Some of the thoughts that have been running through my mind recently are about the immensity of God. Almost daily I think of the verse 'I lift up my eyes to the hills. Where does my help come from? My help comes from the Lord, the Maker of Heaven and Earth.' Grabouw is surrounded by beautiful mountains, and when I feel heavy with the sight of people living in discomfort and dirt, and when instead of the stirrings of compassion my heart feels small, guilty and selfish, I look to the mountains and remember that God is mighty and it's His mighty heart that will change lives and instill hope, not my little one. He is so much bigger than we can ever imagine! I've come to one, relatively small part of South Africa where I'm seeing Him work in a totally new environment, but it's amazing to think that God is working in thousands, millions of communities, villages, towns, and valleys all around the world, and in the hearts of billions of people. And yet although the towering mountains raise my eyes up to the sheer size of God, at the same time Jesus points to the unbreakable intimacy which God has created between us and Himself. He came to earth and lived in dirt and dust like the poor of Grabouw, and in fellowship with other people...just like us.

Thursday, 8 March 2012

They've got the joy..

I've been quite busy as usual at The Village of Hope over the past week and a half. A week ago, Grace and I visited one of Thembalitsha's other project's called 'Bosom Buddies' in Somerset West. The project makes and provides goodie bags for new mothers who have just given birth. The bags contain items that we often take for granted but that for these mums are very useful and not so easily accessible: a baby gro and a little hat, nappies, baby wash etc. Volunteers go into the hospital and talk to the women who have given birth or are just about to give birth. New life is not always something that is celebrated in the local communities, and women often go into hospital alone, so part of what Bosom Buddies does is to affirm these women as new mothers, and to celebrate their baby's arrival into the world. There were some tiny tiny babies, so I was in my element. Didn't get to hold one though!

On Saturday, Grace and I ventured east over the moutains, and were confronted with a starkly contrasting landscape to what we've seen so far. The Elgin Valley, where Grabouw is situated, is very lush and fertile, with green forests and vineyards, framed by mountains. Over the other side of the mountains however, the land is pale, yellow and dry, with mile after mile of flat fields and the mountains crowned against the sky in the distance. It felt like we were in a different country. We visited what I can only describe as a cafe in the middle of an antique/food/homeware/vintage/clothes shop. It sold the most random assortment of practically everything: jam, cheese, spices, teddies, chandeliers, pots, pans, doorknobs, clothes, hats, shoes, wine, stationary, jewellery, tables, chairs, tins, woven baskets, you name it! It was amazing!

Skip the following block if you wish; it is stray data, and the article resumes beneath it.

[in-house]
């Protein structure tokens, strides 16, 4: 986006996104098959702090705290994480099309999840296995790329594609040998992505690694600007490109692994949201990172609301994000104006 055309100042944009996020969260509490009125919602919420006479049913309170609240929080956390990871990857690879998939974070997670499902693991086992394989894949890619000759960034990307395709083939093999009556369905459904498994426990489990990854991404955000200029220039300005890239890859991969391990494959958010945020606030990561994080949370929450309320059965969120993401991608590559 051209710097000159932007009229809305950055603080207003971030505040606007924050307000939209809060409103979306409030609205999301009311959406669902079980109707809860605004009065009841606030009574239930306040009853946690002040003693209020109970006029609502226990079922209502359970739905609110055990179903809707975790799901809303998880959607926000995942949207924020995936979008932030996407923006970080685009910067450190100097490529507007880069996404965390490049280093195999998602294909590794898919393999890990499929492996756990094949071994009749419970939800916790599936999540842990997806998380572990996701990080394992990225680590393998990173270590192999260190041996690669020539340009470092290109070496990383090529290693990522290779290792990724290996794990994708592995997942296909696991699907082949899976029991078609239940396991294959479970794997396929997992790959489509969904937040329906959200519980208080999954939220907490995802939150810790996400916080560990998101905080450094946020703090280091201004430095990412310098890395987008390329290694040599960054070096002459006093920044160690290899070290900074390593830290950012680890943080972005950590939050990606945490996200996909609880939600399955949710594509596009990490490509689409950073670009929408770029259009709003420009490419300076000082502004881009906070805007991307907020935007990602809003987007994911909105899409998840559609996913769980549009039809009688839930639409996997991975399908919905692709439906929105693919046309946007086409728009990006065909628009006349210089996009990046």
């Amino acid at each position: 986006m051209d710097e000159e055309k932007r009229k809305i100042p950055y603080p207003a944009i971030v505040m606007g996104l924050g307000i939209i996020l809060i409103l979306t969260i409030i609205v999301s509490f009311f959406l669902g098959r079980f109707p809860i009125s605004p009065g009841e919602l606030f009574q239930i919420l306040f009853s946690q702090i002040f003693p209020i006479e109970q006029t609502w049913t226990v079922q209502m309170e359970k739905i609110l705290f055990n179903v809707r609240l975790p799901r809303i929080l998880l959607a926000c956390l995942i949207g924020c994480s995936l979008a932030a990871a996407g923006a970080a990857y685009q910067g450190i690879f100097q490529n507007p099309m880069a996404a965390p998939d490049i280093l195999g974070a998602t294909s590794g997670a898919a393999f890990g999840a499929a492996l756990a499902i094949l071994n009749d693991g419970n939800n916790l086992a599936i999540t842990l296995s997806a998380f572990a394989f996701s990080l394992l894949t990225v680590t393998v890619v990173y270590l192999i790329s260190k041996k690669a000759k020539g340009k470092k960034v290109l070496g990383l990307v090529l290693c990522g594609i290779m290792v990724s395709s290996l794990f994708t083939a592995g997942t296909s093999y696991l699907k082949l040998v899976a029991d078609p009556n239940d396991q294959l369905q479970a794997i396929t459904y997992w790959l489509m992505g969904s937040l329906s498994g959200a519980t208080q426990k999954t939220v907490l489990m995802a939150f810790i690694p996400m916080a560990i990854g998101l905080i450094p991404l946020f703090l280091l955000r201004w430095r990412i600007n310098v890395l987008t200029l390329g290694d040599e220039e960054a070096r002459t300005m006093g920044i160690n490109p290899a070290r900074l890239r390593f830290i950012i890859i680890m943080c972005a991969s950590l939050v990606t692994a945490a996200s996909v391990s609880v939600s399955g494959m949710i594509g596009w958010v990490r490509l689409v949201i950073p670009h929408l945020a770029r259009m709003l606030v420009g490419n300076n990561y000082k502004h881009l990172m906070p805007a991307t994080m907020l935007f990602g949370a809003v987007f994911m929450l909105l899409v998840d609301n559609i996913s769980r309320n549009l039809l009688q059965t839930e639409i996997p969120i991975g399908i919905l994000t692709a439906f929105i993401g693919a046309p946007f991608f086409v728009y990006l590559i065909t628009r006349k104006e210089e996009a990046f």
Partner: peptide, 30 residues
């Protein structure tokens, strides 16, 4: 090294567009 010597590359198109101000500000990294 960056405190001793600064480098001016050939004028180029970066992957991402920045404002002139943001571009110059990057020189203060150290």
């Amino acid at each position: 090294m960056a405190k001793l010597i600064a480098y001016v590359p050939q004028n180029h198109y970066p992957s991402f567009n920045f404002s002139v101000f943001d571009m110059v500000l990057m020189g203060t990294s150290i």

On Sunday, a group of us attended a little church in the township called The House of Prayer, on invitation from one of the Thembacare nurses. It was held in a room at the bottom of a house, and the six of us comprised about half of the congregation. The electricity was down, so the band couldn't use the keyboard, but I've never heard worship like it. The women sang with such power, rawness and intensity. They welcomed us and involved us in the service, asking us to give our testiomines about how we gave our lives to Jesus. The presence of the holy spirit was overwhelming in that place of worship. Materially these people have a lot less, but spiritually, they have the unspeakable, deep joy of knowing Jesus, and of being released into the abundance and fulness of life which He brings. They are poor in the worldly sense, but so wealthy in the Spirit! You rarely witness this in Western culture. It's not that they are simply happy- happiness is dependent upon circumstances, and their circumstances are often difficult. Instead, it's the fact that their hope is rooted in the unshakeable love and grace of God in Jesus Christ, and this instills a joy within each person which is unchanging, and which radiates from them :-)

This week I've helped the house mums implement the 1:1 development activities for the children, spent time with the children and have prepared with Grace for the Rainbow Smiles club on Friday. There are now nine volunteers, as the weekend brought the arrival of Katia, followed a few days later by Heather. We're all the same age, and all sharing one room. It's quite a squeeze! But so far it's working well. I forgot to mention that I borrowed Emily's fairylights a while ago, so our room is so pretty! My bunkbed is splurge of pinkness, although thankfully no one seems to mind.

Anyway, I could write more, but I'll save it for my next entry as I've got the school run soon. Love xxxxxxxxxxxxx